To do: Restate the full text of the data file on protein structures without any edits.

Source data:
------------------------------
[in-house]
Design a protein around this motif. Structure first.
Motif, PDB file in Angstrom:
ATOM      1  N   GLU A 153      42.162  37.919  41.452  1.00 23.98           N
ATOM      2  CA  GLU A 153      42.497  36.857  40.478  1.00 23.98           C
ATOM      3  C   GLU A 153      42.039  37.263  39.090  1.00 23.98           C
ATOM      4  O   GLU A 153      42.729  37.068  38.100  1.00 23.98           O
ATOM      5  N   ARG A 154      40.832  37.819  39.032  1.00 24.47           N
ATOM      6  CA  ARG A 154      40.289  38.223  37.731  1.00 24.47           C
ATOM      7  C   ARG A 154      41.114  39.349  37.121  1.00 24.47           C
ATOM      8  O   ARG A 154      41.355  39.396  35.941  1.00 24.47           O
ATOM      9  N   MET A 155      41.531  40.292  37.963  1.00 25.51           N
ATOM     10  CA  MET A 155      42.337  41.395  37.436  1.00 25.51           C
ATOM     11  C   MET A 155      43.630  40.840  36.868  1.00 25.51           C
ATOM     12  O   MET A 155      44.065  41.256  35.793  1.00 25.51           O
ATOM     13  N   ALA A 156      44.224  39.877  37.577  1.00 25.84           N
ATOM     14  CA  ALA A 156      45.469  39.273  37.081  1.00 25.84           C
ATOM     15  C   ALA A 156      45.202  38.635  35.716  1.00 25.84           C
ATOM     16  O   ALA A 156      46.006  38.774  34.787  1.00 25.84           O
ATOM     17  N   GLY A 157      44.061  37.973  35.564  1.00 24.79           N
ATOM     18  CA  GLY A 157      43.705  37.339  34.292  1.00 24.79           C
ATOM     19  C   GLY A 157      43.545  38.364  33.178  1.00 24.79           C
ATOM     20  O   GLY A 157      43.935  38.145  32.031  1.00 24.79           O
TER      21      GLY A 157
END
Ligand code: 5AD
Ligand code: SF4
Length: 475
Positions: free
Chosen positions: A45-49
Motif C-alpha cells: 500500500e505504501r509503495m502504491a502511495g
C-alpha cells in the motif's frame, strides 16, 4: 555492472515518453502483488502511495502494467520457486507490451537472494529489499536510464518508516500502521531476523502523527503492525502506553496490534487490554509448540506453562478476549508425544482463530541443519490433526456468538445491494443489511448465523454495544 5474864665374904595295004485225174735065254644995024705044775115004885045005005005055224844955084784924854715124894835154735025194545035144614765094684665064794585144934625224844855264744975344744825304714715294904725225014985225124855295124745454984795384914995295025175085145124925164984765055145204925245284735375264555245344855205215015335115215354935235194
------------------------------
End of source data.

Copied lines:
[in-house]
Design a protein around this motif. Structure first.
Motif, PDB file in Angstrom:
ATOM      1  N   GLU A 153      42.162  37.919  41.452  1.00 23.98           N
ATOM      2  CA  GLU A 153      42.497  36.857  40.478  1.00 23.98           C
ATOM      3  C   GLU A 153      42.039  37.263  39.090  1.00 23.98           C
ATOM      4  O   GLU A 153      42.729  37.068  38.100  1.00 23.98           O
ATOM      5  N   ARG A 154      40.832  37.819  39.032  1.00 24.47           N
ATOM      6  CA  ARG A 154      40.289  38.223  37.731  1.00 24.47           C
ATOM      7  C   ARG A 154      41.114  39.349  37.121  1.00 24.47           C
ATOM      8  O   ARG A 154      41.355  39.396  35.941  1.00 24.47           O
ATOM      9  N   MET A 155      41.531  40.292  37.963  1.00 25.51           N
ATOM     10  CA  MET A 155      42.337  41.395  37.436  1.00 25.51           C
ATOM     11  C   MET A 155      43.630  40.840  36.868  1.00 25.51           C
ATOM     12  O   MET A 155      44.065  41.256  35.793  1.00 25.51           O
ATOM     13  N   ALA A 156      44.224  39.877  37.577  1.00 25.84           N
ATOM     14  CA  ALA A 156      45.469  39.273  37.081  1.00 25.84           C
ATOM     15  C   ALA A 156      45.202  38.635  35.716  1.00 25.84           C
ATOM     16  O   ALA A 156      46.006  38.774  34.787  1.00 25.84           O
ATOM     17  N   GLY A 157      44.061  37.973  35.564  1.00 24.79           N
ATOM     18  CA  GLY A 157      43.705  37.339  34.292  1.00 24.79           C
ATOM     19  C   GLY A 157      43.545  38.364  33.178  1.00 24.79           C
ATOM     20  O   GLY A 157      43.935  38.145  32.031  1.00 24.79           O
TER      21      GLY A 157
END
Ligand code: 5AD
Ligand code: SF4
Length: 475
Positions: free
Chosen positions: A45-49
Motif C-alpha cells: 500500500e505504501r509503495m502504491a502511495g
C-alpha cells in the motif's frame, strides 16, 4: 555492472515518453502483488502511495502494467520457486507490451537472494529489499536510464518508516500502521531476523502523527503492525502506553496490534487490554509448540506453562478476549508425544482463530541443519490433526456468538445491494443489511448465523454495544 5474864665374904595295004485225174735065254644995024705044775115004885045005005005055224844955084784924854715124894835154735025194545035144614765094684665064794585144934625224844855264744975344744825304714715294904725225014985225124855295124745454984795384914995295025175085145124925164984765055145204925245284735375264555245344855205215015335115215354935235194